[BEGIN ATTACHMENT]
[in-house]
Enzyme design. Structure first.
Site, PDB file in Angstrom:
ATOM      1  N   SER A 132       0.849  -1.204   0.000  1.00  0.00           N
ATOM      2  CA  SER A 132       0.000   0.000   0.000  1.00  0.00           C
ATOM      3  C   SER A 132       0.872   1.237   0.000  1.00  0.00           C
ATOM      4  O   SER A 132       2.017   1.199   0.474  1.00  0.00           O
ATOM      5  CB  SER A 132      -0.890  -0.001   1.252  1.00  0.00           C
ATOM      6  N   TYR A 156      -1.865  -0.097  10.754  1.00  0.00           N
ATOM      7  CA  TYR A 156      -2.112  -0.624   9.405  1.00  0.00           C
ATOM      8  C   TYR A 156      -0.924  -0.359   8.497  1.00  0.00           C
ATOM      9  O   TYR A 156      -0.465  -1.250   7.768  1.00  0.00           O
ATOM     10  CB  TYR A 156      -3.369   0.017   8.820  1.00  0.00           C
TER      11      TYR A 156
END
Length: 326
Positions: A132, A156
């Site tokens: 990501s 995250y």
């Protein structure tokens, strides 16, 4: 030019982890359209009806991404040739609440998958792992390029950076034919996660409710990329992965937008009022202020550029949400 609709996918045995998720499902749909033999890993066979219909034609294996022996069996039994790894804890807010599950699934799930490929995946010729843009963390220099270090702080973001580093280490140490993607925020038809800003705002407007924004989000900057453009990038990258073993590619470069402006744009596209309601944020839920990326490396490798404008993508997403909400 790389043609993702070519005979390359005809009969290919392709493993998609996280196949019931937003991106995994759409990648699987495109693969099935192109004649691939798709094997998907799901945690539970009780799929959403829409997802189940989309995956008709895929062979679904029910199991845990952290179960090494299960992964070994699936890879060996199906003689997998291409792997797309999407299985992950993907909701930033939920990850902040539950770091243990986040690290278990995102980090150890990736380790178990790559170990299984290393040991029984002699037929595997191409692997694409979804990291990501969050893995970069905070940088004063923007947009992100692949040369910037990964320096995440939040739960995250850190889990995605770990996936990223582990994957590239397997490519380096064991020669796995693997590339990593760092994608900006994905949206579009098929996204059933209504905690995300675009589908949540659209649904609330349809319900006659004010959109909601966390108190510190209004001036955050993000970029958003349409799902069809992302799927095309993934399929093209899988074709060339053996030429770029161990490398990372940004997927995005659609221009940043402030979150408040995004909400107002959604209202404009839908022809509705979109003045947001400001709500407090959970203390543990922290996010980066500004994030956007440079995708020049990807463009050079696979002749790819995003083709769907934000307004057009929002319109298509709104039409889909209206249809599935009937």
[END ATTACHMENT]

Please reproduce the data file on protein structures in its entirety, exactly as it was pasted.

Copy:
[in-house]
Enzyme design. Structure first.
Site, PDB file in Angstrom:
ATOM      1  N   SER A 132       0.849  -1.204   0.000  1.00  0.00           N
ATOM      2  CA  SER A 132       0.000   0.000   0.000  1.00  0.00           C
ATOM      3  C   SER A 132       0.872   1.237   0.000  1.00  0.00           C
ATOM      4  O   SER A 132       2.017   1.199   0.474  1.00  0.00           O
ATOM      5  CB  SER A 132      -0.890  -0.001   1.252  1.00  0.00           C
ATOM      6  N   TYR A 156      -1.865  -0.097  10.754  1.00  0.00           N
ATOM      7  CA  TYR A 156      -2.112  -0.624   9.405  1.00  0.00           C
ATOM      8  C   TYR A 156      -0.924  -0.359   8.497  1.00  0.00           C
ATOM      9  O   TYR A 156      -0.465  -1.250   7.768  1.00  0.00           O
ATOM     10  CB  TYR A 156      -3.369   0.017   8.820  1.00  0.00           C
TER      11      TYR A 156
END
Length: 326
Positions: A132, A156
């Site tokens: 990501s 995250y």
């Protein structure tokens, strides 16, 4: 030019982890359209009806991404040739609440998958792992390029950076034919996660409710990329992965937008009022202020550029949400 609709996918045995998720499902749909033999890993066979219909034609294996022996069996039994790894804890807010599950699934799930490929995946010729843009963390220099270090702080973001580093280490140490993607925020038809800003705002407007924004989000900057453009990038990258073993590619470069402006744009596209309601944020839920990326490396490798404008993508997403909400 790389043609993702070519005979390359005809009969290919392709493993998609996280196949019931937003991106995994759409990648699987495109693969099935192109004649691939798709094997998907799901945690539970009780799929959403829409997802189940989309995956008709895929062979679904029910199991845990952290179960090494299960992964070994699936890879060996199906003689997998291409792997797309999407299985992950993907909701930033939920990850902040539950770091243990986040690290278990995102980090150890990736380790178990790559170990299984290393040991029984002699037929595997191409692997694409979804990291990501969050893995970069905070940088004063923007947009992100692949040369910037990964320096995440939040739960995250850190889990995605770990996936990223582990994957590239397997490519380096064991020669796995693997590339990593760092994608900006994905949206579009098929996204059933209504905690995300675009589908949540659209649904609330349809319900006659004010959109909601966390108190510190209004001036955050993000970029958003349409799902069809992302799927095309993934399929093209899988074709060339053996030429770029161990490398990372940004997927995005659609221009940043402030979150408040995004909400107002959604209202404009839908022809509705979109003045947001400001709500407090959970203390543990922290996010980066500004994030956007440079995708020049990807463009050079696979002749790819995003083709769907934000307004057009929002319109298509709104039409889909209206249809599935009937």